15+ MILLION activists protest in France!

19 January

Demonstration against the pension reforms unveiled by French government, Sens.

On 19 January, the Ministry of the Interior counted 1.12 million demonstrators, including 80,000 in Paris.[17] Over 200 demonstrations were reported in the country.[18]

More than one million people took to the streets in Paris and other French towns as part of countrywide protests over proposals to raise the retirement age.[19] Eight of the largest unions participated in the strike over pension reforms.[20] The French Ministry of the Interior said that 80,000 demonstrators gathered in the streets in Paris, where small numbers threw bottles, rocks, and fireworks at riot police.[20] Over 200 demonstrations were reported in the country.[18] According to the unions, 2 million people took part in the demonstrations with 400,000 of them participating in the Paris demonstrations.[19]

Despite the demonstrations, Emmanuel Macron emphasized that the pension reforms would go forward. French unions declared that further strikes and protests would be held on 31 January in an effort to halt the government’s plans to raise the standard retirement age from 62 to 64.[19] The new law would increase annual pension contributions, from 41 to 43 payments throughout the year.[21] Some flights out of Orly Airport were canceled, while the Eurostar website reported the cancellation of many routes between Paris and London. Though “a few delays” were reported at Charles de Gaulle Airport, owing to striking air traffic controllers, no flights were canceled.[20]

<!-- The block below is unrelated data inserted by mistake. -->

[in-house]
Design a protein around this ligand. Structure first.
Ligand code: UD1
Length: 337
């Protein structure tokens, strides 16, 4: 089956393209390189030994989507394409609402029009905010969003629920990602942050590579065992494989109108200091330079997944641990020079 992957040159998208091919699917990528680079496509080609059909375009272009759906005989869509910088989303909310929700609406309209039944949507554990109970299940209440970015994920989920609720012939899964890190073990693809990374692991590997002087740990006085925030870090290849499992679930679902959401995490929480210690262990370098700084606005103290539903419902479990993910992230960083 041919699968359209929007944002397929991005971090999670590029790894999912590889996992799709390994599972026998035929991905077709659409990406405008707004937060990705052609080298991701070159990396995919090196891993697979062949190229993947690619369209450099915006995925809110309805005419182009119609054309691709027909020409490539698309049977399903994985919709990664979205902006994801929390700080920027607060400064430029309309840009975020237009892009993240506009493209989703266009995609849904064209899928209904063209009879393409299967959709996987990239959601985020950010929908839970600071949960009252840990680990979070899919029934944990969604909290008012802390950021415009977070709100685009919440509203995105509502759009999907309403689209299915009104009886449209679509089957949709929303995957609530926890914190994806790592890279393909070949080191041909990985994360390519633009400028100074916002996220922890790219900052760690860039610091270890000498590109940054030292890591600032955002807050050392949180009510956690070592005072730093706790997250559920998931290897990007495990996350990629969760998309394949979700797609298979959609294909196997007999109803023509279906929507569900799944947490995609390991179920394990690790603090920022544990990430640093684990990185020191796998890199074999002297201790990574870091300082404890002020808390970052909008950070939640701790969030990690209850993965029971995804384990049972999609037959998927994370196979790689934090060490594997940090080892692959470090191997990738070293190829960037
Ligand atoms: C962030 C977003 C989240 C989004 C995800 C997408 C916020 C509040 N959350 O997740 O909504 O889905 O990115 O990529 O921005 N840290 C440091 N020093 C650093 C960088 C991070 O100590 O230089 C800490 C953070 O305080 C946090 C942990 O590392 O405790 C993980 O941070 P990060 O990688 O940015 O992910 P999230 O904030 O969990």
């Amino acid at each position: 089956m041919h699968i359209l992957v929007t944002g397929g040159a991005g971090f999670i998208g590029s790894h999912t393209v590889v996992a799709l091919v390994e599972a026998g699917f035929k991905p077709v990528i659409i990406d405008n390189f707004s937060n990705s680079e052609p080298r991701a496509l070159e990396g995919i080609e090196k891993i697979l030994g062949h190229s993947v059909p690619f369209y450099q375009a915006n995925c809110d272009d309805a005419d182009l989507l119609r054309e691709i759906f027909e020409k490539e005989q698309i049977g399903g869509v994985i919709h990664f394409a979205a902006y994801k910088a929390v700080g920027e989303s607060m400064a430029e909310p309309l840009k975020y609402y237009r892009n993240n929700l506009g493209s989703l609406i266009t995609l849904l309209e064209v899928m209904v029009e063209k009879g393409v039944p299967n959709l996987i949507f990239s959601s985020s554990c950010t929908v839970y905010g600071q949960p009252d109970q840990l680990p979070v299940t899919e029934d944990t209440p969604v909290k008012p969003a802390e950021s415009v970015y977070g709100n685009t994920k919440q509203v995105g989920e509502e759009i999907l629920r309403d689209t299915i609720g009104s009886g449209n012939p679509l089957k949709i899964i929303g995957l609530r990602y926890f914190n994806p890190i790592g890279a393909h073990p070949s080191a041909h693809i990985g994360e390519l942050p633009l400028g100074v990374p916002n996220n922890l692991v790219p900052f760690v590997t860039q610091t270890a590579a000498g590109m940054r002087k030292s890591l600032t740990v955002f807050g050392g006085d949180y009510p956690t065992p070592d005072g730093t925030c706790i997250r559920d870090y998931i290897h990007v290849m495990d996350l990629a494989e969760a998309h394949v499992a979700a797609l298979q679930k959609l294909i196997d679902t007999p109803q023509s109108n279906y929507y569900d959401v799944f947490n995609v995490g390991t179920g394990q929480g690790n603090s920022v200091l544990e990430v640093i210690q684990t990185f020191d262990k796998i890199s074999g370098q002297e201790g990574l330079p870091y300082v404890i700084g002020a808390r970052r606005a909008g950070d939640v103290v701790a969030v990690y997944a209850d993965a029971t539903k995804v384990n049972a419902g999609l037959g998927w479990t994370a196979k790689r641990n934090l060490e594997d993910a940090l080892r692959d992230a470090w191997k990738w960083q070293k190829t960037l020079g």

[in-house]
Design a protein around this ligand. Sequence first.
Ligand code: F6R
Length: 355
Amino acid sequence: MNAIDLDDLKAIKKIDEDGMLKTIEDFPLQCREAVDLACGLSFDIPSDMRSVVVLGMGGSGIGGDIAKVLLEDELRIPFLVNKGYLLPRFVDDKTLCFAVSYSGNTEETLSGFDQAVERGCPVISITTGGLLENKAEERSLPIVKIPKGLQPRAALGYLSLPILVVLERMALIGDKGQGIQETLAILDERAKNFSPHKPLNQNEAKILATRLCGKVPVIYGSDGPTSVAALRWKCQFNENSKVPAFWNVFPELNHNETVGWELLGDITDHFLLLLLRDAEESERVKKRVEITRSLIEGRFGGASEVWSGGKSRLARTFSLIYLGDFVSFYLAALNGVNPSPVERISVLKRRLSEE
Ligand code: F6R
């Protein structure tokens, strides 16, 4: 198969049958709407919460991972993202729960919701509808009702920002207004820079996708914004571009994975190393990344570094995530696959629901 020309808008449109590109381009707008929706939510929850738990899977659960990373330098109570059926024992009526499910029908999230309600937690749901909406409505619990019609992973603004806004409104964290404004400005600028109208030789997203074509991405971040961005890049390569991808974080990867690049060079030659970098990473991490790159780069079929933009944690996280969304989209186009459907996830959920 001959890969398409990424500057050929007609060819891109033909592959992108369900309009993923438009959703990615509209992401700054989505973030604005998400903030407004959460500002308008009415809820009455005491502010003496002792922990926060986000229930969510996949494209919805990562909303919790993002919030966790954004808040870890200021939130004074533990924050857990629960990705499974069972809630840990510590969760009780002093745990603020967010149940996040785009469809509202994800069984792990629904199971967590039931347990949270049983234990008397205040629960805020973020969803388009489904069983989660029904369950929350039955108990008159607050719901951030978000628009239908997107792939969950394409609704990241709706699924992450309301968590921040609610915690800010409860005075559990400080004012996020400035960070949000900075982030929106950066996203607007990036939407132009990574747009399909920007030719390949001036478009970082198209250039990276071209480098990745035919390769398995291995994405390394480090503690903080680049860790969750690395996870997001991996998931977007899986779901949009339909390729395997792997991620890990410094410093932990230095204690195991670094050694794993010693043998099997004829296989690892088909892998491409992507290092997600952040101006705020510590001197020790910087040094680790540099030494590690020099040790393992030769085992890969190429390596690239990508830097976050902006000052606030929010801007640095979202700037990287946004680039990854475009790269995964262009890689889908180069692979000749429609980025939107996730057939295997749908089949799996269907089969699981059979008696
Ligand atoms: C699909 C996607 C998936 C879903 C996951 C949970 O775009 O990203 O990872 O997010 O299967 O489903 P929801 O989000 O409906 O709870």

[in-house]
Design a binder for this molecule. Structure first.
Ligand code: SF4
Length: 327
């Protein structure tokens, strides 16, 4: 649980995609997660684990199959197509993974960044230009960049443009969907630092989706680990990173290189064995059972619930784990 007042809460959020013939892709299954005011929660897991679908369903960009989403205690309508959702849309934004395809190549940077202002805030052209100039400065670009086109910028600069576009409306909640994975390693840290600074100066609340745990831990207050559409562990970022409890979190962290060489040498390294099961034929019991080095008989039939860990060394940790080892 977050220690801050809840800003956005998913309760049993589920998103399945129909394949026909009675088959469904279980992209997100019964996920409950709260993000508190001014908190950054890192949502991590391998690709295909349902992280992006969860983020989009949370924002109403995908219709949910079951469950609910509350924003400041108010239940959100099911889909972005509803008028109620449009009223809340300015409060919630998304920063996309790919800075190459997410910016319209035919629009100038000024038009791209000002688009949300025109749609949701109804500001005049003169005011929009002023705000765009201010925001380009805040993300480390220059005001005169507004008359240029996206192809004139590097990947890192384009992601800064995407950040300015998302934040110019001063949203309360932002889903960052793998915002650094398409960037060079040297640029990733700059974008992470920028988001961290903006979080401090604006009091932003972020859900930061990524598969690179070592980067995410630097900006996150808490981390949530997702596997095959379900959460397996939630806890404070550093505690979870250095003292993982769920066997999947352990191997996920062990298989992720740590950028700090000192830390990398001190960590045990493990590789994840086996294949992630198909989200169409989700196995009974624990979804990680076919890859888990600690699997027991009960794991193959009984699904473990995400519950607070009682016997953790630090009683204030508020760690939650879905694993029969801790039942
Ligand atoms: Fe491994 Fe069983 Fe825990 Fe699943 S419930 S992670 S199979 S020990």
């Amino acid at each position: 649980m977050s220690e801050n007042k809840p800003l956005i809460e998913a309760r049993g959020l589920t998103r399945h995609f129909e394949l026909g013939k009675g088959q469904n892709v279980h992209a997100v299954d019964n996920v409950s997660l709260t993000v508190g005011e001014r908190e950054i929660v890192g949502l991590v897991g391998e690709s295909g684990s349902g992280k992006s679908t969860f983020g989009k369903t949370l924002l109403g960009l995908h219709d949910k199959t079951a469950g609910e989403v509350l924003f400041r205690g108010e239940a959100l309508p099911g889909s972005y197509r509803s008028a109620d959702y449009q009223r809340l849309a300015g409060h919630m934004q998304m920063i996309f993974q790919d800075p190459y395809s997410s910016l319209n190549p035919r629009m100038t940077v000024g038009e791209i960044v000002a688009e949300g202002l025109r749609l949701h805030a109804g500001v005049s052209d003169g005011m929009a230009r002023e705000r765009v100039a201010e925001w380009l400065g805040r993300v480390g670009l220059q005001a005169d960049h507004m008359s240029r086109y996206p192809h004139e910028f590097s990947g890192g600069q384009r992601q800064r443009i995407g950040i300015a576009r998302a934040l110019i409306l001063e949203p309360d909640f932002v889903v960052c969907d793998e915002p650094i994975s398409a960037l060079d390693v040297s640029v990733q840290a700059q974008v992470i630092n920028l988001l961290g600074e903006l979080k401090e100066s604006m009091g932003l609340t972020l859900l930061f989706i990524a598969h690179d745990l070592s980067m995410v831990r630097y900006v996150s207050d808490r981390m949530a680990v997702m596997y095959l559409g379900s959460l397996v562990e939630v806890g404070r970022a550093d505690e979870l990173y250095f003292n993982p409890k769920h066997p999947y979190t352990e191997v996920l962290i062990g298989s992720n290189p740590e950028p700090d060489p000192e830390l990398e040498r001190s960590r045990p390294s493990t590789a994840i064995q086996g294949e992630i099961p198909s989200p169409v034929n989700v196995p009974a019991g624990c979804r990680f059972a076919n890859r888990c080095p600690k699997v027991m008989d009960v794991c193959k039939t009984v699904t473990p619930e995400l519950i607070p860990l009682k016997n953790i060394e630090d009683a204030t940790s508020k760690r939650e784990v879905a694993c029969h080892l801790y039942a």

Reims on 19 January.

CityAccording to the policeAccording to the unions
(18,000 to 20,000 according to media sources)

21 January[edit]

Paris on 21 January.

Another demonstration was organized in Paris on 21 January, supposedly long-planned by students and youth organisations.[38]

Demonstrations organized by different groups took place in other cities, like in Dinan,[39] Limoges[40] and Lyon.[41]

31 January[edit]

Demonstration in Bordeaux on 31 January.

Demonstrations were organized around the country with public transport, schools, and electricity production specifically targeted by the strikes. Public television broadcasters were also affected by the strikes, with news broadcasts cancelled and music played instead.[42]

According to the CGT union, 2.8 million people took part in the protests while the Ministry of Internal Affairs counted 1.272 million protesters.[17]

CityAccording to the policeAccording to the unions

7 February[edit]

On 7 February, a third day of national protests were held after being called by l’intersyndicale. According to the CGT, 400,000 people demonstrated in Paris, down 100,000 from the 31 of January. In total, over 2,000,000 strikers participated in demonstrations according to the CGT, while the police estimate that around 757,000 strikers participated in protests.[43]

11 February[edit]

On 11 February, a fourth day of national protests was held. According to the CGT, over 2,500,000 protestors took part in demonstrations, a rise of 500,000 compared to 7 February, while the Ministry of the Interior claims that 963,000 protested, a rise of over 200,000 compared to 7 February. In Paris, over 500,000 people demonstrated against the reform according to the CGT, while 93,000 demonstrated according to the prefecture. The Intersyndicale called for recurring strikes starting on 7 March. [44]

16 February[edit]